We were originally going to present this article as being the views of Captain Hindsight, but when we started to write it we realised that half of England’s problems were actually fairly easy to see in advance.
So while some of what follows comes with the benefit of knowing how things panned out, that’s not true of all of it. Whether or not the sum of all these things would have made any difference to the end result is of course another matter.
Moeen Ali is a player of top innings rather than being a top batsman. Even before this series, his Test average was only 34.66. That’s pretty good for someone who bowls, but not really enough to warrant a place in the top six, which is where he found himself come the first Test.
Based on what followed, Moeen would have been batting a place too high had he come in at number nine. Craig Overton and Tom Curran averaged more than him, Stuart Broad managed a higher score, and you can’t imagine Gary Ballance would have bowled any less effectively.
We love Moeen, but things wouldn’t have turned out much differently for England had they instead picked a specialist fielder.
Michael Vaughan said Ben Stokes had been given ‘strong warnings’ about his lifestyle even before that night in the cells. It wasn’t like England should have locked him in his room each night, but could they not at least have persuaded him to refrain from going out on the lash in the middle of a series?
Who knows whether some other incident might have happened subsequently, but even a slight change in behaviour might have been enough to avoid the Bristol incident.
Our article about Toby Roland-Jones’ Test debut was essentially a veiled question: ‘Why have you picked a right-arm 80mph bowler when we’re touring Australia this winter?’
Plenty of similarly pedestrian right-armers followed. We’d sort of assumed that there was a minimum pace requirement for young seam bowlers, as this seems to have been an unstated part of the job description for as long as we can remember. When did this cease to apply?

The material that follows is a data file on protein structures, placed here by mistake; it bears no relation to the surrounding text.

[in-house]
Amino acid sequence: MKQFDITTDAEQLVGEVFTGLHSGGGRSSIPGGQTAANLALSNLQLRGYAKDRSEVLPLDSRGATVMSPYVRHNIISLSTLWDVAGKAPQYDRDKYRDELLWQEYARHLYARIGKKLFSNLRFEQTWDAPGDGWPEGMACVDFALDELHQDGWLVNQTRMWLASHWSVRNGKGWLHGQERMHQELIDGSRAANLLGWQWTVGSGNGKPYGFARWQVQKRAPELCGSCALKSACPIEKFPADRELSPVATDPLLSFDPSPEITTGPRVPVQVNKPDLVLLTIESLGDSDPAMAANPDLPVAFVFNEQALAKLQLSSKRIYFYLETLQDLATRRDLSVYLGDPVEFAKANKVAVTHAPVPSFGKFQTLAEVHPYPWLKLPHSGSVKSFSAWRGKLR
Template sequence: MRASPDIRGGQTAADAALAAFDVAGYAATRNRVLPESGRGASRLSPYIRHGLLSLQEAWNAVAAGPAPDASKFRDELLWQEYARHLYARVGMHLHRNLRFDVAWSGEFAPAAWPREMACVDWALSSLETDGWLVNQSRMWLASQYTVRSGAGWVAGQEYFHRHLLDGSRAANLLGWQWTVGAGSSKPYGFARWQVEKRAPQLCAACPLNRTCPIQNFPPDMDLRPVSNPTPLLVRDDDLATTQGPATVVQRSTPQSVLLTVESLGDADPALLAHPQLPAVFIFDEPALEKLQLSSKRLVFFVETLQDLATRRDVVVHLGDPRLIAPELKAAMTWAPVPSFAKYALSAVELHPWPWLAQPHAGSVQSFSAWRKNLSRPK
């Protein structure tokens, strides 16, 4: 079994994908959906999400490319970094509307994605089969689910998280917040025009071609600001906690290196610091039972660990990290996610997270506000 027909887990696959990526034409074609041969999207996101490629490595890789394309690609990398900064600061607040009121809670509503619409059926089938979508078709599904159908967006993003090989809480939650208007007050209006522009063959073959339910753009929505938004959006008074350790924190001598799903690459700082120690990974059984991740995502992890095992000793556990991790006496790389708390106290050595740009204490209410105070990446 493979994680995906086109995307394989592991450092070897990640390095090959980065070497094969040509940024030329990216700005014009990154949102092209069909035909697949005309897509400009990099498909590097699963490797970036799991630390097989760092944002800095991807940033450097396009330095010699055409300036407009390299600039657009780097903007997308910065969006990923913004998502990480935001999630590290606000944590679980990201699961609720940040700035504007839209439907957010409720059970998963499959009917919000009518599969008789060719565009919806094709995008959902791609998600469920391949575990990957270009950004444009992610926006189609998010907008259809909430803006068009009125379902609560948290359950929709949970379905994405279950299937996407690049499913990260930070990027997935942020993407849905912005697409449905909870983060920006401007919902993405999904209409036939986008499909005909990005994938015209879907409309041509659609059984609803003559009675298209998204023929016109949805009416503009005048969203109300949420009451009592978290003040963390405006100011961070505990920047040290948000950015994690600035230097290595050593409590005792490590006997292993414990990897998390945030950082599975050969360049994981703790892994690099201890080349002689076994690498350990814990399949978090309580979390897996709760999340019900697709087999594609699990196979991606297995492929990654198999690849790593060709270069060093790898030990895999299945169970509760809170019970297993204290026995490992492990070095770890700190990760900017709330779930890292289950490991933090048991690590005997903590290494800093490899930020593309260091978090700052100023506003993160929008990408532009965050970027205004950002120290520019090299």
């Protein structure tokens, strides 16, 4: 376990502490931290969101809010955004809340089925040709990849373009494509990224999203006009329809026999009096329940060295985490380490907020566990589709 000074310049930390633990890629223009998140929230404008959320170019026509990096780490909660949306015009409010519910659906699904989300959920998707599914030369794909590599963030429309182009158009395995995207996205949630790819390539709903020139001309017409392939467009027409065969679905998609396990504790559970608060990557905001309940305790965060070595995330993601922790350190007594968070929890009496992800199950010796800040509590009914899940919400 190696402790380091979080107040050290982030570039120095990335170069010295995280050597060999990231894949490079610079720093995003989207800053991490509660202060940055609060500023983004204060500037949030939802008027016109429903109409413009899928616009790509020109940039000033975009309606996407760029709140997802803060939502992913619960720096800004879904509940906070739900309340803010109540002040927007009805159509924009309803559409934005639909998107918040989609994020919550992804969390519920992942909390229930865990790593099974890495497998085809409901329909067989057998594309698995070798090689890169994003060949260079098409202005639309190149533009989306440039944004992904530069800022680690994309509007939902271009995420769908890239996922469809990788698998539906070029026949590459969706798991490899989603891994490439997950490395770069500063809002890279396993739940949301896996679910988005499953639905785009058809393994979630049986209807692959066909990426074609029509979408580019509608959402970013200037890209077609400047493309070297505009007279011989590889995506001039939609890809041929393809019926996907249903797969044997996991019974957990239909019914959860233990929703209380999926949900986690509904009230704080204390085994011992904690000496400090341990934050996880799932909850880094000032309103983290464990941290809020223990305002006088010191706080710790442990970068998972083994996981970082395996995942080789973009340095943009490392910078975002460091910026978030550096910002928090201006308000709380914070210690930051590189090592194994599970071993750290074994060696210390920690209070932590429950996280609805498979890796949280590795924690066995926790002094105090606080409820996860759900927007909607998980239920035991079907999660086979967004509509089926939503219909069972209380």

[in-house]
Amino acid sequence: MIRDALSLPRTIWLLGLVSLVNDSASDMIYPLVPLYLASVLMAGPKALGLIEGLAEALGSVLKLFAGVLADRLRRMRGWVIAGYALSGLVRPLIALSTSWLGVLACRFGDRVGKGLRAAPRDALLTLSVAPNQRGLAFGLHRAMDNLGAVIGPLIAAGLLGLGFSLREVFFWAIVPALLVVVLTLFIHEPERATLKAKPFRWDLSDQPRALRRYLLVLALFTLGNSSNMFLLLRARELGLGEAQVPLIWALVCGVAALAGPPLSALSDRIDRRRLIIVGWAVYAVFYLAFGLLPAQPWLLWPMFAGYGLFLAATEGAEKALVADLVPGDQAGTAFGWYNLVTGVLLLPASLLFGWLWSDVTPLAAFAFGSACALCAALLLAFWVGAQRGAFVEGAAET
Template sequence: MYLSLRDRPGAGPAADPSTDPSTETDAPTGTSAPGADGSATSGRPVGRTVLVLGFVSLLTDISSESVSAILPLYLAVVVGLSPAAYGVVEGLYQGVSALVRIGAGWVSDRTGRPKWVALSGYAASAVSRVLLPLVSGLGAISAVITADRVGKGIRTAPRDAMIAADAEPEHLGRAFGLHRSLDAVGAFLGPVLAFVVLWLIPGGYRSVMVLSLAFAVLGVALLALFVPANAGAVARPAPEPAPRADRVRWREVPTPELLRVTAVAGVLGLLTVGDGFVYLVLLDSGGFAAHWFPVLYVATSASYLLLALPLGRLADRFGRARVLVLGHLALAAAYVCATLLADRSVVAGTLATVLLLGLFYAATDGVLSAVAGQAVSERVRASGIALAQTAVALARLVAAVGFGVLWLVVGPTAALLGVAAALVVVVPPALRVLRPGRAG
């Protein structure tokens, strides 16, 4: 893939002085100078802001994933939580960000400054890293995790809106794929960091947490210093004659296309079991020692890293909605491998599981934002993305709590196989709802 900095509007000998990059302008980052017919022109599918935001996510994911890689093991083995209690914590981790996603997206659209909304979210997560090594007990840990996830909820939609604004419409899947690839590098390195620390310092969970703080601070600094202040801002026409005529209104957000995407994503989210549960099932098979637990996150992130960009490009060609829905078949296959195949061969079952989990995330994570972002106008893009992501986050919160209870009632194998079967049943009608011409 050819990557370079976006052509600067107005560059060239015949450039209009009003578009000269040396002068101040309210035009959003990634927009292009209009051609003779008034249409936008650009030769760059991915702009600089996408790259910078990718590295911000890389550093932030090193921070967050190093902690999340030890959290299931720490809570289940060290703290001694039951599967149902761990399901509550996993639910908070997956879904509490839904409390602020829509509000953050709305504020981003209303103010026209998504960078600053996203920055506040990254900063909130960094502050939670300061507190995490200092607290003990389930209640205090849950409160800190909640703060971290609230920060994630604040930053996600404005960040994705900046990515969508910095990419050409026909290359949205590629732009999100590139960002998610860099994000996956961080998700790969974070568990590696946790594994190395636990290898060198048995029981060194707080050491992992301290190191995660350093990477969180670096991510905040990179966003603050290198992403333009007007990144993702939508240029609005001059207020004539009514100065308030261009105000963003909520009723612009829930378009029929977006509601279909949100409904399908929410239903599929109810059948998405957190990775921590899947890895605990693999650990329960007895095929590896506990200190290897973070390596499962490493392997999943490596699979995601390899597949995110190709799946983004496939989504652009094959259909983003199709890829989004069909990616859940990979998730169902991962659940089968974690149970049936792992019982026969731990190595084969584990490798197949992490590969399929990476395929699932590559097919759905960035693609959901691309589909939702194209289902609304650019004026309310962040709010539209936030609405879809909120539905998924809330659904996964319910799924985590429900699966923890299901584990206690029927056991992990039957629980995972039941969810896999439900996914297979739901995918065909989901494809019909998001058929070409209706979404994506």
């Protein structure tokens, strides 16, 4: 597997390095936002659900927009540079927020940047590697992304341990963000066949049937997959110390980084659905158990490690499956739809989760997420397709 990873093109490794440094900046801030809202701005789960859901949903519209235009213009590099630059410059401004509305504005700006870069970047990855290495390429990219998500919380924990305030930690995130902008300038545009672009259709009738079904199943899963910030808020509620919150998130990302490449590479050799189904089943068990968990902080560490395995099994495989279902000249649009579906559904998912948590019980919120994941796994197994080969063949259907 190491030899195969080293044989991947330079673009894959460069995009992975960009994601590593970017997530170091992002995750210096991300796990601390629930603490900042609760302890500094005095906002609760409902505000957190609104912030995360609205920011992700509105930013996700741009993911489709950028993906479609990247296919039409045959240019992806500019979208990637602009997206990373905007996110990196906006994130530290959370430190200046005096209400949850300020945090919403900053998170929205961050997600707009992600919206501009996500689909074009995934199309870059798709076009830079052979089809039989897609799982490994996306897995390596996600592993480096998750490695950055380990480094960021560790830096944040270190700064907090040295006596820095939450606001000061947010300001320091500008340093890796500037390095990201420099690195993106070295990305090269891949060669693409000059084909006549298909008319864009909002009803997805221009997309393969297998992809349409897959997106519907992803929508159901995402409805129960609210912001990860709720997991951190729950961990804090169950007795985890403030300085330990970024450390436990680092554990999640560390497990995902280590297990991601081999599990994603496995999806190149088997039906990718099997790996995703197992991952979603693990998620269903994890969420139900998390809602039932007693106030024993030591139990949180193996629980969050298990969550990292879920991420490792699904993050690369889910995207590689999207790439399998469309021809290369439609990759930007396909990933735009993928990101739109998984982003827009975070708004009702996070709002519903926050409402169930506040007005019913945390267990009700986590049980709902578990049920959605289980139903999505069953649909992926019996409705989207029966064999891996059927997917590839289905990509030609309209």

People watch Jimmy Anderson bowling at 80-85mph and hope that younger bowlers operating at a similar clip might gradually develop his skills. But that isn’t the way it worked for Jimmy. He could bowl at 90mph in his first few seasons. The increased skill has compensated for the decrease in speed. He never entered a Test match with neither.
Craig Overton, Tom Curran and Jake Ball are about a tenth as skilful as Jimmy Anderson and don’t really have much to make up the shortfall. Overton and Ball have height, Curran has a slower ball, but England’s attack is so monochrome, this really isn’t enough.
Faster English bowlers do still exist. Either they’re not sufficiently valued or not especially well-managed.
England were never going to play Mason Crane until the series was already lost. When they did, he performed about as effectively as you’d imagine a 20-year-old debutant leg-spinner would.
It’s great that England seem to have identified him as one for the future and that they’re keen to invest in him, but they also identified Adil Rashid as one for the future a long time ago and despite his being top wicket-taker last winter, they ceased investing in him immediately before this Ashes series.
You have to try and recoup investments. Test experience is a finite resource. This whole thing just seemed so wasteful.
A flirtation with run-scoring in the first Test might have encouraged some to think otherwise, but this really isn’t hindsight, is it?
It was so obvious we actually titled September’s Ashes squad post England to win the Ashes via airy off-side drives.
James Vince’s first stint in the Test team ended because he didn’t score any runs and kept edging behind. Having underscored the fact that his record in the first division of the County Championsship is really rather mediocre through his efforts during the 2017 season, the selectors brought him back at number three for the Ashes.
He didn’t score any runs and kept edging behind.